Each wine-growing region additionally cultivates international wine grape varieties, mainly: Sauvignon, Chardonnay, Riesling italico, Pinot gris and Traminer for white wines; and Cabernet Sauvignon, Merlot and Pinot noir for red wines. All these local and international varieties form the basis of many wines, presented mainly under the name of the wine grape variety (e.g. Sauvignon, Feteasca albă, Tămâioasă românească) and less commonly under the name of producer (e.g. DAVINO, ALIRA, LACERTA) or under a marketing name (e.g. Serafim, Bon Viveur, Gramma, René Faure etc.).

Traditional Whites[edit]

The most known Romanian wine grape varieties for white wines are Fetească albă, Crâmpoșie and Fetească regală. Feteasca albă and Fetească regală produce dry or semi-dry wines, with rich floral aromas. They have a moderate alcohol content (11.5 to 12%) and moderate acidity. Crâmpoșia is known for producing fresh and fruity wines, with moderate alcohol content and pronounced acidity.

Traditional Reds[edit]

The most known Romanian wine grape variety for red wines is Fetească neagră, originating in the Uricani, Iași wine region. It produces ″dry, demi-dry or sweet wines, with an alcohol content of 12-14%, a deep red colour with ruby shades, and a black currant flavour, which becomes richer and smoother with ageing″.[14]

Traditional Aromatics[edit]

Among the Romanian aromatic wine grape varieties, the most appreciated and cultivated are Tămâioasa românească and Busuioacă de Bohotin.

Wineries[edit]

  • Alira
  • Avincis
  • Casa de Vinuri Ștefănești
  • Casa Isărescu
  • Catleya Corcova
  • Corcova Roy Dâmboviceanu
  • Cotnari Casa de Vinuri
  • Crama Andronic
  • Crama Aramic
  • Crama Atelier
  • Crama Basilescu
  • Crama Bauer
  • Crama Budureasca
  • Crama Carastelec
  • Crama Ceptura (since 2005)
  • Crama Daiconi
  • Crama Darie
  • Crama Dealul Dorului
  • Crama Delta Dunării - La Sapata
  • Crama Dobra
  • Crama Familiei Hetei
  • Crama Fort Silvan
  • Crama Frâncu
  • Crama Gîrboiu
  • Crama Hermeziu
  • Crama Jelna
  • Crama La Salina
  • Crama Nachbil
  • Crama Oprișor
  • Cramele Recaș
  • Crama Rătești
  • Crama Rasova
  • Crama Tata și Fiul
  • Crama Terra Natura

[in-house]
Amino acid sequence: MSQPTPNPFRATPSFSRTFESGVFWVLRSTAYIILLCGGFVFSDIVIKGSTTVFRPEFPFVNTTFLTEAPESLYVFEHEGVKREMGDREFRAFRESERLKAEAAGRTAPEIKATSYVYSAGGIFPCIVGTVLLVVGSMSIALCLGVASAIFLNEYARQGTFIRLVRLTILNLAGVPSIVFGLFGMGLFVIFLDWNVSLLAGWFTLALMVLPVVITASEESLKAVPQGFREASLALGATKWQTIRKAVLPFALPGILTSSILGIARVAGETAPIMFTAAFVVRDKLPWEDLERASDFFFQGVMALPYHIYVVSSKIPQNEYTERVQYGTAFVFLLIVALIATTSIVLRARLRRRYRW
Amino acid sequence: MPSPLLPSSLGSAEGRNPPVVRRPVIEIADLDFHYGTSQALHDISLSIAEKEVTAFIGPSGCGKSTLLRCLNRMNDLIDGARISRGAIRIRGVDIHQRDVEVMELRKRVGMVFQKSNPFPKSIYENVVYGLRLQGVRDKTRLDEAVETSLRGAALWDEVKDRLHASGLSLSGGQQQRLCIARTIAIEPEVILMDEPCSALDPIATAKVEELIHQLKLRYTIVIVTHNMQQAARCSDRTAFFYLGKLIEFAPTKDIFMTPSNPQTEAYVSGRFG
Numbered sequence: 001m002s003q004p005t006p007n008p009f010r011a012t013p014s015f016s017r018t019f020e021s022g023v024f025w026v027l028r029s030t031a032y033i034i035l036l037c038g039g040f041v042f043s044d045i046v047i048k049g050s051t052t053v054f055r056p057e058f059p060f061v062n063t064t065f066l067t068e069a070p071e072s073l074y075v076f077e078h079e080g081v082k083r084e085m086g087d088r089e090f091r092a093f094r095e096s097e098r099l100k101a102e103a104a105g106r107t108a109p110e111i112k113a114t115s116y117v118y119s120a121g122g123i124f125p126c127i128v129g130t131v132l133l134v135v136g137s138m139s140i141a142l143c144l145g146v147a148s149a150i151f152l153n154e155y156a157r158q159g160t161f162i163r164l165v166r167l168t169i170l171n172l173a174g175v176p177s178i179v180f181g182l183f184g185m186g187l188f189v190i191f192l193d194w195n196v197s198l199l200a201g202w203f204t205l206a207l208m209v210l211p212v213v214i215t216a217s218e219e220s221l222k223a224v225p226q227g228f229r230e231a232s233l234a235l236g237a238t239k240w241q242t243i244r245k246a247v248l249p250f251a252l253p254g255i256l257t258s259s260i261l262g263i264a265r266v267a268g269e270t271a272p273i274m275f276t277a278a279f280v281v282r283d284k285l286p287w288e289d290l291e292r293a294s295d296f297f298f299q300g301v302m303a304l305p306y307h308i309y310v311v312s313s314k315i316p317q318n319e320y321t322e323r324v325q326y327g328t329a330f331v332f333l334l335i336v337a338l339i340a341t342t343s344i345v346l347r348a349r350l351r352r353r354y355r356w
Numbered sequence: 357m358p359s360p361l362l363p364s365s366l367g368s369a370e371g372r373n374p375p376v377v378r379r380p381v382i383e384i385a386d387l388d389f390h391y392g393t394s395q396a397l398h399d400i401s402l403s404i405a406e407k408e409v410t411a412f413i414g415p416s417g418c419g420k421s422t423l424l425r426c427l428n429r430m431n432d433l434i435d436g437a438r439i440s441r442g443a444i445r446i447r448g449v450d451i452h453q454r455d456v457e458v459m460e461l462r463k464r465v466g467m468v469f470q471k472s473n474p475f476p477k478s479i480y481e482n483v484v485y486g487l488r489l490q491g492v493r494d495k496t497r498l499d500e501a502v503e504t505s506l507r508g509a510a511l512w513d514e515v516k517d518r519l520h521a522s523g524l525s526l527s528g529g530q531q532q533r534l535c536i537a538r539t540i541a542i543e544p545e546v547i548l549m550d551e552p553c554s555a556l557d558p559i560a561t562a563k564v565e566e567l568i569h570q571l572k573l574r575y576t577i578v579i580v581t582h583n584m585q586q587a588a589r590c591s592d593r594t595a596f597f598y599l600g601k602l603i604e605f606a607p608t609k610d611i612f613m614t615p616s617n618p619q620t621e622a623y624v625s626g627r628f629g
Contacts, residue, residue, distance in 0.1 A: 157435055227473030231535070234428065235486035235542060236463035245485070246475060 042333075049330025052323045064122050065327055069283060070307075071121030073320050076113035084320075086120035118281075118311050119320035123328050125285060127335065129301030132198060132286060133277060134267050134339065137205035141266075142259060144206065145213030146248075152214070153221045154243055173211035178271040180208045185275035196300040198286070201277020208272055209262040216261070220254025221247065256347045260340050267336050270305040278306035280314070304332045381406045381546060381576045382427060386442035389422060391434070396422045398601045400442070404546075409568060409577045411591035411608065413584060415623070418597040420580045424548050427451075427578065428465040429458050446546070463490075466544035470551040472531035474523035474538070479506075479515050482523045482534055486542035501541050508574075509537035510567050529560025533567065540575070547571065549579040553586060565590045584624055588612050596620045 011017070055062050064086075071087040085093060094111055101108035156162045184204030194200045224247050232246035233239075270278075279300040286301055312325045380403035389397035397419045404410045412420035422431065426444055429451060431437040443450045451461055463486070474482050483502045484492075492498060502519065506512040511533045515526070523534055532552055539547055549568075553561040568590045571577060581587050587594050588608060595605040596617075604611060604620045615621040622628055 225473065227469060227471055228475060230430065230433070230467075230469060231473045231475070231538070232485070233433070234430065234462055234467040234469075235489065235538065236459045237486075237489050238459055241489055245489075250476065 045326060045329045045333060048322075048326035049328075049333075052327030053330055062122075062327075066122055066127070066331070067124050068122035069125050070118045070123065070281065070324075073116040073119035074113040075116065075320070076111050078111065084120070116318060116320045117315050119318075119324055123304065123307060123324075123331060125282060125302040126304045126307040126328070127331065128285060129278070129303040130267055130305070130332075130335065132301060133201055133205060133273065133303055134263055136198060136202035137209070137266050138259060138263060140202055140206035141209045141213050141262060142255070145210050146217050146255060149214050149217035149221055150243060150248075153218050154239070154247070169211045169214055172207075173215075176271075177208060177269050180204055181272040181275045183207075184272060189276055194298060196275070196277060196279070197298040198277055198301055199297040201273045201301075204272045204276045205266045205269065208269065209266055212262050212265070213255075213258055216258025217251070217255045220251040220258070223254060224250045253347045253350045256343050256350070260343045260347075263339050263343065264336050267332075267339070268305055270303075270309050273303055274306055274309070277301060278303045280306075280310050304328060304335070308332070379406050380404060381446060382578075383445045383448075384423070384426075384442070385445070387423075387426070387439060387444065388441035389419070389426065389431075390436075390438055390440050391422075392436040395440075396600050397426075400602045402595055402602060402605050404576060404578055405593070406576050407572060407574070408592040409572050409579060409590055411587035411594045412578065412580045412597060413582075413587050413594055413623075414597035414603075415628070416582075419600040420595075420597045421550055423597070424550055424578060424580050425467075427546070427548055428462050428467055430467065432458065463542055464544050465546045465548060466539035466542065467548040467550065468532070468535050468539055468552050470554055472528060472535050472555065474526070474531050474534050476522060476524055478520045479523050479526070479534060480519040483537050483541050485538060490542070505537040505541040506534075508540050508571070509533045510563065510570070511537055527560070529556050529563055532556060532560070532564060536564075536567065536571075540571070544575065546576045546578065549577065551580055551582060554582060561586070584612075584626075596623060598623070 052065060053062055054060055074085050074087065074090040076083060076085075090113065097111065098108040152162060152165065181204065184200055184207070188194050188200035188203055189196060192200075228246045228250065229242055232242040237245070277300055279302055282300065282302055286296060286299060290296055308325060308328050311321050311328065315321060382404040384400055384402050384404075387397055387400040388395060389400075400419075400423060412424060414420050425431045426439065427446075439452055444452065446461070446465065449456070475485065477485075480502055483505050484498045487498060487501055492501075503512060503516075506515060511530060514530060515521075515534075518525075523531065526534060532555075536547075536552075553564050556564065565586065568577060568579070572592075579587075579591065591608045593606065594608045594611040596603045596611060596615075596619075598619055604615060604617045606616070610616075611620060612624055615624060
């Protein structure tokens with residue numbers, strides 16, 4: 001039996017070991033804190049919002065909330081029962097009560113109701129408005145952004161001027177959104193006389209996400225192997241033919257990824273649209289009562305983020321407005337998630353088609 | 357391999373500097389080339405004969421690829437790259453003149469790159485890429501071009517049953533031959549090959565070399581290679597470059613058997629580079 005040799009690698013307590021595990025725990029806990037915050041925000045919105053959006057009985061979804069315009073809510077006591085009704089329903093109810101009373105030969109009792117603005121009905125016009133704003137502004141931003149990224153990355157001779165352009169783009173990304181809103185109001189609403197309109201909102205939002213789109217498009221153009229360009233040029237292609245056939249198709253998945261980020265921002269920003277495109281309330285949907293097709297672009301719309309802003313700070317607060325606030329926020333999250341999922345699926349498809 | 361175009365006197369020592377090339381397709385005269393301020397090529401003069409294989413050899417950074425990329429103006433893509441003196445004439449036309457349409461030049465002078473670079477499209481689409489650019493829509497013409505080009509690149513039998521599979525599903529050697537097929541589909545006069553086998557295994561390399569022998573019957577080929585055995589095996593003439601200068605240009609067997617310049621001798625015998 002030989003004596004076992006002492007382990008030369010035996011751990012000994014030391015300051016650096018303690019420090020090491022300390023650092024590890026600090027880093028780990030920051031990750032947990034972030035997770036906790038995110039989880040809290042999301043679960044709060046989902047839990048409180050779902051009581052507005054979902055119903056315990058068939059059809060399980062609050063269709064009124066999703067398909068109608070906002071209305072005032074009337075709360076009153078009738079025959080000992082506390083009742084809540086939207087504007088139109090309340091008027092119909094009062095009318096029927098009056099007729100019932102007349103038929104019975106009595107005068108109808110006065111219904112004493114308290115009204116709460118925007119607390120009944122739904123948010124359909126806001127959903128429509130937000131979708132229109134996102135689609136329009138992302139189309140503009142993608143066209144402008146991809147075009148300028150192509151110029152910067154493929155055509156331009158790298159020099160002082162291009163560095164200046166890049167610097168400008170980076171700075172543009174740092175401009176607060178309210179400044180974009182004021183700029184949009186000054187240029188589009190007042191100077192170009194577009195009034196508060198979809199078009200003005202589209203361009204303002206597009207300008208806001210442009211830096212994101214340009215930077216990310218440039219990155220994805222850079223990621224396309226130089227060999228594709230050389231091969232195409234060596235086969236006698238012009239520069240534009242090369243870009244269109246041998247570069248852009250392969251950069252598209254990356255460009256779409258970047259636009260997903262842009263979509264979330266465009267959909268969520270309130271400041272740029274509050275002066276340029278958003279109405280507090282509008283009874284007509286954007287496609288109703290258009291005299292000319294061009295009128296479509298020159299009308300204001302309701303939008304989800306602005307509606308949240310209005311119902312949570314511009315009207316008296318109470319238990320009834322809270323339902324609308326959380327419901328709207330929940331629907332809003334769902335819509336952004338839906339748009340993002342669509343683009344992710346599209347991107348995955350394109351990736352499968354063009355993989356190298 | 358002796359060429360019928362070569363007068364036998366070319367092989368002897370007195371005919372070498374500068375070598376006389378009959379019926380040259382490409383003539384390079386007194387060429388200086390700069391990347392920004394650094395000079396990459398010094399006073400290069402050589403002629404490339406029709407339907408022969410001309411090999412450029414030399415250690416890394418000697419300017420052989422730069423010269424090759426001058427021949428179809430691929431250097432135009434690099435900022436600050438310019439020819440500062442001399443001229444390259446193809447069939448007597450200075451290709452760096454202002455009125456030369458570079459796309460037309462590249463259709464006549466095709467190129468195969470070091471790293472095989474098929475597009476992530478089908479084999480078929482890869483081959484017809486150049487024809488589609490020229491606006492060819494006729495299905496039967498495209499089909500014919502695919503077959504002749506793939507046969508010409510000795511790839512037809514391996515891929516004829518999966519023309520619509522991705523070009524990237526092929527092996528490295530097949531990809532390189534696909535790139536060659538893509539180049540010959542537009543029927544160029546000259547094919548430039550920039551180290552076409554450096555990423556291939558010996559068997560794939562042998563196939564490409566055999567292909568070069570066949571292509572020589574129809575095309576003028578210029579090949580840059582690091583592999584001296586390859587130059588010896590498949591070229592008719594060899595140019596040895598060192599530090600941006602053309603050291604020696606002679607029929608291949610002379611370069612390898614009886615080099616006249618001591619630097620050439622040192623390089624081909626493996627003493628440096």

• Crama Thesaurus
  • Davino
  • Divine Area
  • Domeniul Ciumbrud
  • Domeniile Clos des Colombes
  • Domeniul Coroanei Segarcea
  • Domeniile Dealu Mare Urlați
  • Domeniile Franco - Române
  • Domeniile Sara
  • Domeniile Săhăteni - Aurelia Vișinescu
  • Domeniile Tohani
  • Domeniul Bogdan
  • Domeniul Vlădoi
  • Elite Wine
  • Familia Petru
  • Casa Olteanu
  • Halewood România
  • Jidvei
  • LacertA Winery
  • Licorna Winehouse
  • Liliac
  • Negrini
  • Ostrovit
  • Petro Vaselo
  • Pivnițele Birăuaș
  • Podgoria Silvania
  • Rotenberg
  • Senator Wine
  • Serve
  • Știrbey
  • Veritas Panciu
  • Via Viticola - Sarica Niculițel
  • Villa Vinea
  • Viile Metamorfosis
  • Vinarte
  • Vincon Vrancea
  • Vinia
  • Wine Princess - Balla Geza

See also[edit]

References[edit]

  1. ^ "APEV - Asociația Producătorilor și Exportatorilor de Vinuri". www.wineromania.com. Retrieved 2015-12-12.
  2. ^ http://www.wineromania.com/index.jsp?page=news_apev
  3. ^ "Romania puts sparkle into wine trade". BBC News. 2002-08-05. Retrieved 2006-07-19.
  4. ^ "History of Romanian Wine". JRBA. Retrieved 2011-07-20.
  5. ^ "Wines of Romania". Chiff. Retrieved 2006-07-19.
  6. ^ "Grape Varieties". crameromania.ro. Crame Romania. Archived from the original on 25 February 2019. Retrieved 4 June 2021.
  7. ^ http://www.oiv.int/public/medias/4587/oiv-noteconjmars2016-en.pdf
  8. ^ http://www.oiv.int/public/medias/4587/oiv-noteconjmars2016-en.pdf
  9. ^ Ordinul nr. 225/2006: http://lege5.ro/Gratuit/ha2dmnzq/ordinul-nr-225-2006-privind-aprobarea-zonarii-soiurilor-nobile-de-vita-de-vie-roditoare-admise-in-cultura-in-arealele-viticole-din-romania
  10. ^ "Romanian Wine Regions". www.indigenewines.com. S.C. COLD DUCK S.R.L. Archived from the original on 22 September 2020. Retrieved 4 June 2021.
  11. ^ "Dealurile Moldovei". www.vinorandum.com. Vinorandum. Retrieved 4 June 2021.
  12. ^ "Dealurile Munteniei & Olteniei Wine Region". www.indigenewines.com. S.C. COLD DUCK S.R.L. Retrieved 4 June 2021.
  13. ^ https://www.agro.basf.ro/ro/stiri/fermier-in-romania/ghidul-principalelor-regiuni-viticole-si-podgorii-din-romania.html
  14. ^ Fetească neagră

External links[edit]